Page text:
Researchers discuss collaborative climate change project at international event

Researchers from Birmingham City University were recently invited to discuss their innovative collaborative research into bioenergy at a British Council roundtable event in preparation for the United Nations Climate Change Conference (COP26).

How universities can help combat the climate crisis

Associate Professors Taufiq Asyhari and Adel Aneiba, part of the Faculty of Computing, Engineering and the Built Environment (CEBE), spoke at one of the British Council’s Higher Education Roundtable series on Wednesday 27 October.

The roundtable explored the challenges and successes of the Climate Connection trilateral grant programme, which brought together researchers from the COP26 priority countries to focus on climate-related research.

The event, which focused on innovative approaches for collaborative research, saw panellists from the UK, Japan and ASEAN countries (Indonesia and Malaysia) take part.

Helping countries to address their energy challenges

Taufiq, who also chaired a panel discussion, and Adel were invited to speak in order to discuss their British Council-funded project, as well as being part of their commitment as one of the competitive research grant recipients of the British Council’s COP26 Trilateral Research Initiative.

Together, they lead a global research team in partnership with the University of Tokyo (Japan) and Gorontalo State University (Indonesia). The project investigates the bioenergy challenges Indonesia are facing in order to help reduce the country’s dependence on fossil fuels.

“The work will deploy cutting-edge computing and engineering technology across the Wallacea series of islands located between Asia and Australia, in order to record biodiversity and identify routes for ecological management,” Taufiq and Adel explain.

“By focusing on the Wallacea region, known for one of the world’s biodiversity hotspots, the project includes accurate digital mapping of the forest energy sources and appropriate utilisation scenarios.”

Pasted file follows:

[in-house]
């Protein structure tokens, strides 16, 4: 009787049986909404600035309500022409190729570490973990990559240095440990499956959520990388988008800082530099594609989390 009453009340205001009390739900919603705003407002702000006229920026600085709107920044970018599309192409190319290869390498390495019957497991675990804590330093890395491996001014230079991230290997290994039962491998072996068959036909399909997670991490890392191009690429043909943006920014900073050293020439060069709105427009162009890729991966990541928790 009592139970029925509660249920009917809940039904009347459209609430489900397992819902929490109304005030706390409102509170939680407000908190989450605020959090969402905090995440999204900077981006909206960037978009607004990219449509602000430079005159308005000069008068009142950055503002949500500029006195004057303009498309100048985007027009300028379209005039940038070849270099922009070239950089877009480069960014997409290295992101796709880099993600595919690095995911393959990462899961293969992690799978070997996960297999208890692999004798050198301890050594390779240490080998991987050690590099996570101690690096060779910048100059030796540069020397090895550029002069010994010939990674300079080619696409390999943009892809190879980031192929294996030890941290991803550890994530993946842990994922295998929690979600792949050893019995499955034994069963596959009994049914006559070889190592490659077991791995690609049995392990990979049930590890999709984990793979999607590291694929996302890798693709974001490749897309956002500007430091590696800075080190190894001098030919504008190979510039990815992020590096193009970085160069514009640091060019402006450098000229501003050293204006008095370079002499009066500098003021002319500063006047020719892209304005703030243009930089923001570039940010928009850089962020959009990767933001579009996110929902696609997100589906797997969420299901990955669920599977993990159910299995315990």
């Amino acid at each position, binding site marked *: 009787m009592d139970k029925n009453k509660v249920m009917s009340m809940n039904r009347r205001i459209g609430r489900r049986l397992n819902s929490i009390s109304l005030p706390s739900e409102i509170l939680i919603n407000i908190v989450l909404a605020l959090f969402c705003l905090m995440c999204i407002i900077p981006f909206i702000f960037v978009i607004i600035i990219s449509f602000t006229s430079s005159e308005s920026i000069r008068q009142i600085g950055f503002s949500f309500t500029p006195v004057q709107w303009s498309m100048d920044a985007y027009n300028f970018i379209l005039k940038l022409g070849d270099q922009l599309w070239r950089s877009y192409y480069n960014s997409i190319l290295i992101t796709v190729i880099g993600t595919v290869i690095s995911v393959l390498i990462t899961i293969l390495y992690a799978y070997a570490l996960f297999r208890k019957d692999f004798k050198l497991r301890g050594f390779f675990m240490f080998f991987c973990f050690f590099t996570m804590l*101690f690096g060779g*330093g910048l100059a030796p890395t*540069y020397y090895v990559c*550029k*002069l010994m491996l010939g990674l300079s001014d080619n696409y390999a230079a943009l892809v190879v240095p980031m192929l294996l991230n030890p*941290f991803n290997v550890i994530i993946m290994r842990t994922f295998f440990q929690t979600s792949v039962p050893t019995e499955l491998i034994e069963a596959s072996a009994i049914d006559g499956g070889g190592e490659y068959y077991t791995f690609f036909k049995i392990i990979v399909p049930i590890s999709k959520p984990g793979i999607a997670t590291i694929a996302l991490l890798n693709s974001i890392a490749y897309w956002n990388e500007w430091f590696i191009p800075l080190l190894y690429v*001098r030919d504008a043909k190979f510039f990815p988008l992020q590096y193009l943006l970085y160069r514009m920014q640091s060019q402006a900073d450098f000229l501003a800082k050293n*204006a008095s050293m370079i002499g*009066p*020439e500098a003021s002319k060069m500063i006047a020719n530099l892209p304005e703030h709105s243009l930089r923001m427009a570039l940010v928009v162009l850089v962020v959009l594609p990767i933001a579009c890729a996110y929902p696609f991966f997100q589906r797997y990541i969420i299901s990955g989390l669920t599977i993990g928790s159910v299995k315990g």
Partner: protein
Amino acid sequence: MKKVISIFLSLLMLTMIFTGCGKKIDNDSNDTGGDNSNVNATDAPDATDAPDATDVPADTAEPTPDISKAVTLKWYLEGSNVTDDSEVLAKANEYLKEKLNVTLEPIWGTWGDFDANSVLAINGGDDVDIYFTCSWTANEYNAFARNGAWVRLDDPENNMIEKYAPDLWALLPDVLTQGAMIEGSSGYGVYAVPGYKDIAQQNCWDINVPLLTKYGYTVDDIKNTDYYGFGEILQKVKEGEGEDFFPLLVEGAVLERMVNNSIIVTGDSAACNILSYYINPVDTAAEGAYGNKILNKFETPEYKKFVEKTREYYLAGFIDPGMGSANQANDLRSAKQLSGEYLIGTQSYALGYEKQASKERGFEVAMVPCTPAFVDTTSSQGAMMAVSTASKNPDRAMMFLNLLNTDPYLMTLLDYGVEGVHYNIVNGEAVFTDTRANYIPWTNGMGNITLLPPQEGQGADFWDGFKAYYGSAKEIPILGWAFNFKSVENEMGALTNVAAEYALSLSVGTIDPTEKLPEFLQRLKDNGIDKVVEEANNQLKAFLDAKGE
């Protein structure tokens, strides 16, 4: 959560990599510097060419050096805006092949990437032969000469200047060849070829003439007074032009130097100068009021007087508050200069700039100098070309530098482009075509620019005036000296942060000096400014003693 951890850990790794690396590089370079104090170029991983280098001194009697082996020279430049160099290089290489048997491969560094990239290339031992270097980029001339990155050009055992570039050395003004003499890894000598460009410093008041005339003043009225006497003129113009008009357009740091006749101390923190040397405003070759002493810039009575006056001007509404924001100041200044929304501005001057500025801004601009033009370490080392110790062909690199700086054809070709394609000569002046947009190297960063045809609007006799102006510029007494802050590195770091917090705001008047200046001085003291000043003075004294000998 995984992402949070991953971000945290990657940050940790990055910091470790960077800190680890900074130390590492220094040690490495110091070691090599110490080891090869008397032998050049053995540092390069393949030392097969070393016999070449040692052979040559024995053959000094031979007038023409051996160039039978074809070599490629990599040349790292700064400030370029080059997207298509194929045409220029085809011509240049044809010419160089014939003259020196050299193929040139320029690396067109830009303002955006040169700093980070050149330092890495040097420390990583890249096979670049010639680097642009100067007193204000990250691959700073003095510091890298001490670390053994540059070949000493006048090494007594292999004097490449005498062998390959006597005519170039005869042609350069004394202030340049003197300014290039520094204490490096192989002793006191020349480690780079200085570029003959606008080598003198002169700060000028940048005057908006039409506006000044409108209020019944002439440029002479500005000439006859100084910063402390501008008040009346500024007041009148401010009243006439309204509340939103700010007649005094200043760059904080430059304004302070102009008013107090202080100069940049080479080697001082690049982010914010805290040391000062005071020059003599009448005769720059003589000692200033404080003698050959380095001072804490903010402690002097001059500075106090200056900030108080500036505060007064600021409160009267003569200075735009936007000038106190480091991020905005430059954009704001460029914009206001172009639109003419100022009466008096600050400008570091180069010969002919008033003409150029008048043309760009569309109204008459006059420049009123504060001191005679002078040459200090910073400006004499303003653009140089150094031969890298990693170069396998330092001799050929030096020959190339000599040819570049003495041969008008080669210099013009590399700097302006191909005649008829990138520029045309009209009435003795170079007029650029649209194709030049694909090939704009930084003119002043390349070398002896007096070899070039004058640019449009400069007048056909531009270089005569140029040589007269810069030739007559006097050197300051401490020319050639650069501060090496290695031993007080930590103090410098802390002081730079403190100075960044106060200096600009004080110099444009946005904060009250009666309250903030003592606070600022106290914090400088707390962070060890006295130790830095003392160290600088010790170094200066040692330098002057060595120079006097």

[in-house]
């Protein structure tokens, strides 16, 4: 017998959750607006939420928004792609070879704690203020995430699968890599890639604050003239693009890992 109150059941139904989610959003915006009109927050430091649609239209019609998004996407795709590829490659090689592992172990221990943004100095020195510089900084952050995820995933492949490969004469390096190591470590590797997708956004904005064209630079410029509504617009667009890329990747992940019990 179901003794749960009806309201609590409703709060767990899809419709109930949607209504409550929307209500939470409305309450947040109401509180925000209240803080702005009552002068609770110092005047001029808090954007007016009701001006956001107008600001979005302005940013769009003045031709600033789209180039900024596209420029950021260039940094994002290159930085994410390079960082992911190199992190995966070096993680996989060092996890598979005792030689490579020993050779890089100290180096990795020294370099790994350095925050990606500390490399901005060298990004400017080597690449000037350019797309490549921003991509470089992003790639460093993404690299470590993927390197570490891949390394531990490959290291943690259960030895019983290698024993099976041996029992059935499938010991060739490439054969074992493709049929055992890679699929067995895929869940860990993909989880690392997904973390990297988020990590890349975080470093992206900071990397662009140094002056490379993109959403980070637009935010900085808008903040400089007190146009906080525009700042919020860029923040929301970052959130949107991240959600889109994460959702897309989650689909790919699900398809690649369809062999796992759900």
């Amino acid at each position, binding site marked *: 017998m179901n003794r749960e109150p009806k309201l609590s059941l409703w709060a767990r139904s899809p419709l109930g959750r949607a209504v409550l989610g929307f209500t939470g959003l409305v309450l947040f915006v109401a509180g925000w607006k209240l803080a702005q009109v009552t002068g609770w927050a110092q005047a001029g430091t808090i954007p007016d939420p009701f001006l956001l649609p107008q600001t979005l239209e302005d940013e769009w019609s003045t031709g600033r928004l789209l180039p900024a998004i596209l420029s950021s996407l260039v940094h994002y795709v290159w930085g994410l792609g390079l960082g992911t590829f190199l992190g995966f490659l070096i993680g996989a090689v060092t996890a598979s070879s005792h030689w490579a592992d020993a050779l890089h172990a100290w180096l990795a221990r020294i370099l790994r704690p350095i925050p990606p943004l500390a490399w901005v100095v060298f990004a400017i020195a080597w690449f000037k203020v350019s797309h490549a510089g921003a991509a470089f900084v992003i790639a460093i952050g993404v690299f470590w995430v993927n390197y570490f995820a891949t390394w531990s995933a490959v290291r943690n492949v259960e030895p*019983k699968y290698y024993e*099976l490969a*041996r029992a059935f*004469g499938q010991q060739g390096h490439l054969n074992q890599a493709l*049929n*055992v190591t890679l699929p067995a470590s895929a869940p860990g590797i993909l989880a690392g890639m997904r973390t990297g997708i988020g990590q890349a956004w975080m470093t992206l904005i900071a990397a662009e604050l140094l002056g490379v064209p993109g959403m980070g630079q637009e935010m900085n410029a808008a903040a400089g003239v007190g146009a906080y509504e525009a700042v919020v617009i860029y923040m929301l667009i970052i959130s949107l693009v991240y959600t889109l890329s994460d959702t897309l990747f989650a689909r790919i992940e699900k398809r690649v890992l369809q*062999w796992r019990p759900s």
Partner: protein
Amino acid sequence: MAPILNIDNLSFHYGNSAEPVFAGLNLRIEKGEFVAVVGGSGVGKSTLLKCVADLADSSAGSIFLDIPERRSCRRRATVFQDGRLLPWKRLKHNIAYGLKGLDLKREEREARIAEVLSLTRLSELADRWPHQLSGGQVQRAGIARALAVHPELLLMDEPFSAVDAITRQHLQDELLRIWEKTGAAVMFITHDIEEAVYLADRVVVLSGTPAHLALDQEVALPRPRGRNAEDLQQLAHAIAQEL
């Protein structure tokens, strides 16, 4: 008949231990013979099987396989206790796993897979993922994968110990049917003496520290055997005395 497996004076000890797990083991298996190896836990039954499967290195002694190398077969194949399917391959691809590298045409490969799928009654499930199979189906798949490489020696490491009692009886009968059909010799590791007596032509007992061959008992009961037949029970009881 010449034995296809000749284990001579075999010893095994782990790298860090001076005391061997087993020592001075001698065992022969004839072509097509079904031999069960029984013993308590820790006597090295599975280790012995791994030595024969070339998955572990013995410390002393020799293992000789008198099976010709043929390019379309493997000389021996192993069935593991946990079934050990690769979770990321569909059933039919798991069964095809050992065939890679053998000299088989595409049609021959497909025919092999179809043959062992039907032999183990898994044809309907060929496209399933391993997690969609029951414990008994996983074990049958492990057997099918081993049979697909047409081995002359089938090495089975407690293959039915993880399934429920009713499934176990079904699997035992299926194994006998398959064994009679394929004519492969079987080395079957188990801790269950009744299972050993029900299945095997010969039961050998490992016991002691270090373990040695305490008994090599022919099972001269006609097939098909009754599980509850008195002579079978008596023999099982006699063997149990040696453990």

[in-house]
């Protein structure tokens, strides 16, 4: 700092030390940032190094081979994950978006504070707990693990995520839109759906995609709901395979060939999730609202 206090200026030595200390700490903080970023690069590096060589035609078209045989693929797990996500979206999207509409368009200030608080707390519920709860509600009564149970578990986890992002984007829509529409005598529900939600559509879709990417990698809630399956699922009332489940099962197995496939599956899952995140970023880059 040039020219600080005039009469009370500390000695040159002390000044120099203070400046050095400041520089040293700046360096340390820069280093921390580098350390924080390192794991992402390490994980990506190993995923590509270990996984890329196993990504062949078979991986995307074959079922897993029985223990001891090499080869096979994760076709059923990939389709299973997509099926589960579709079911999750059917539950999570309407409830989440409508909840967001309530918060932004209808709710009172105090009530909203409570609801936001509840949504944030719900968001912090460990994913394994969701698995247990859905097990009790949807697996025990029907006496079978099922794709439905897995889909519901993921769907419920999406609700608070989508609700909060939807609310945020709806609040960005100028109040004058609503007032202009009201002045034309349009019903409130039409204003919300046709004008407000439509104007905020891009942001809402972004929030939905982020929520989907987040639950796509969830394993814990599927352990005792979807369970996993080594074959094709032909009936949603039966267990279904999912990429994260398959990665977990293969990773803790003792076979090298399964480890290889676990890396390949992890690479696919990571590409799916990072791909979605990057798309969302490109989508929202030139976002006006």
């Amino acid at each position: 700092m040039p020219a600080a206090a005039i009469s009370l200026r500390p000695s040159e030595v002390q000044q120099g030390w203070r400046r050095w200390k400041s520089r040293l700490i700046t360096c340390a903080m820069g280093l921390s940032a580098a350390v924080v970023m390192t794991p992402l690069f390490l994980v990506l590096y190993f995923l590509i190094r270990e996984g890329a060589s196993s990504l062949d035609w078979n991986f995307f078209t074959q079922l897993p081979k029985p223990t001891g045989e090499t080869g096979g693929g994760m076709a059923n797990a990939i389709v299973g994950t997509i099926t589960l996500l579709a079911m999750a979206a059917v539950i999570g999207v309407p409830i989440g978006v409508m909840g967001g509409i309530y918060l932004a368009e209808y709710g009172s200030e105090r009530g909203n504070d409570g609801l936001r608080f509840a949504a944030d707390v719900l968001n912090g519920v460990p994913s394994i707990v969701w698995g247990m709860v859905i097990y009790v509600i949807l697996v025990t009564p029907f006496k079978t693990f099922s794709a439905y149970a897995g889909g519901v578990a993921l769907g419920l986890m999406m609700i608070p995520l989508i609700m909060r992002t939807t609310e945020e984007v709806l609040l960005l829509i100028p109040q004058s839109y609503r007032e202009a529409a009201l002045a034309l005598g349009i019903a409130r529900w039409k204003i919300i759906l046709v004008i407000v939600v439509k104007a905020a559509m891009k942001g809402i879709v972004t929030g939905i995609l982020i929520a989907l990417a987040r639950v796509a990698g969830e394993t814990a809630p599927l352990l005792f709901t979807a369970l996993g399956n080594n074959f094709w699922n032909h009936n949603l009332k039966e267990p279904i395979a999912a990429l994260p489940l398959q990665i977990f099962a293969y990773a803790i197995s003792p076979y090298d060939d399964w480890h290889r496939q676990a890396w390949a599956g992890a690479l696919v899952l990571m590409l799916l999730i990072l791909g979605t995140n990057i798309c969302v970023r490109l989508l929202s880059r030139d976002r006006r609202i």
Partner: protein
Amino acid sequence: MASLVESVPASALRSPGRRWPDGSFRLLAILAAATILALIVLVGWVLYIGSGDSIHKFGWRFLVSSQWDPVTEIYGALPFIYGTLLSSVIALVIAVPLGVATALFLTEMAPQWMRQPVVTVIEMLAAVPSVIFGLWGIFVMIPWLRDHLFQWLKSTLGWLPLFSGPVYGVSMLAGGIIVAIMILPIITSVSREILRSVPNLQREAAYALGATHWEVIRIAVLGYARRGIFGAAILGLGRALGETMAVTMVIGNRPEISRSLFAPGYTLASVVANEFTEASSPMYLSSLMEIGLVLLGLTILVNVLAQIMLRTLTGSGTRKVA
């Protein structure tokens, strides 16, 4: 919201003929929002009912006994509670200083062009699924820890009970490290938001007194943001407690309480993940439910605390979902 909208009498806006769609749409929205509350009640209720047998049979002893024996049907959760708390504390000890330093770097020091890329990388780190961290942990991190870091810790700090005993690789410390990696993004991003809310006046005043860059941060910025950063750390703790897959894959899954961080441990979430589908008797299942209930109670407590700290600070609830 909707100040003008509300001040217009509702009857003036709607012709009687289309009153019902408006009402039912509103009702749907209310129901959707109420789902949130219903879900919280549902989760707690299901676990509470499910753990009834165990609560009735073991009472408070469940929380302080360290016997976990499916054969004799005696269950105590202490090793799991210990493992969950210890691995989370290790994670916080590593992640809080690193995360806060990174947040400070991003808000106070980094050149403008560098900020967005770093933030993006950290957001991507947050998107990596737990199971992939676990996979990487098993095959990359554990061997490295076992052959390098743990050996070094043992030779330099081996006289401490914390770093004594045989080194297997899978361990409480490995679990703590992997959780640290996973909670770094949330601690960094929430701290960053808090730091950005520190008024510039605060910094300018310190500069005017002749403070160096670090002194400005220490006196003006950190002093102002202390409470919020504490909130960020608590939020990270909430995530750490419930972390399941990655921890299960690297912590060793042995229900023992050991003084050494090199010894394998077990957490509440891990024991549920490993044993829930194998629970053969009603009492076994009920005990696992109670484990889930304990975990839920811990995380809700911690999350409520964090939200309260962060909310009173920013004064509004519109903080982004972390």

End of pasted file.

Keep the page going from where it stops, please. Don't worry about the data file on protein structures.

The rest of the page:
Exploring how universities can make a positive contribution

The roundtable series, which took place from October 11-27, saw universities from across the globe discuss the research partnerships they have cultivated and the progress they have made.

It was also a chance to examine some of the challenges institutions face in reducing their carbon emissions, as well as an opportunity to:

  • Explore how research outputs can be used to support governments to develop evidence-based climate mitigation policies;
  • Examine how the higher education (HE) sector is preparing the next generation for the reality of climate change, and what skills they need to acquire;
  • Investigate how universities can be more adept at knowledge production and exchange and at working across traditional academic boundaries, and what policy levers governments can put in place to make this happen;
  • Showcase some of the latest collaborative climate research projects between the UK HE sector and counterparts around the world.

Taufiq says that their work and preliminary findings were well received, with a positive future lying ahead.

“The Head of Education from British Council Japan thought the presentation of our project was brilliant, and appreciated the panel session I chaired,” he says.

“The program director in Hong Kong, who is in charge of this Climate Connection Initiative for East Asia, was delighted about the turnout and felt they had gained some great insights.”

Taufiq is now looking to the future.

“The next step is now to expand upon our interim findings and explore future funding opportunities, so we can sustain the partnership with Japanese and Indonesian universities.”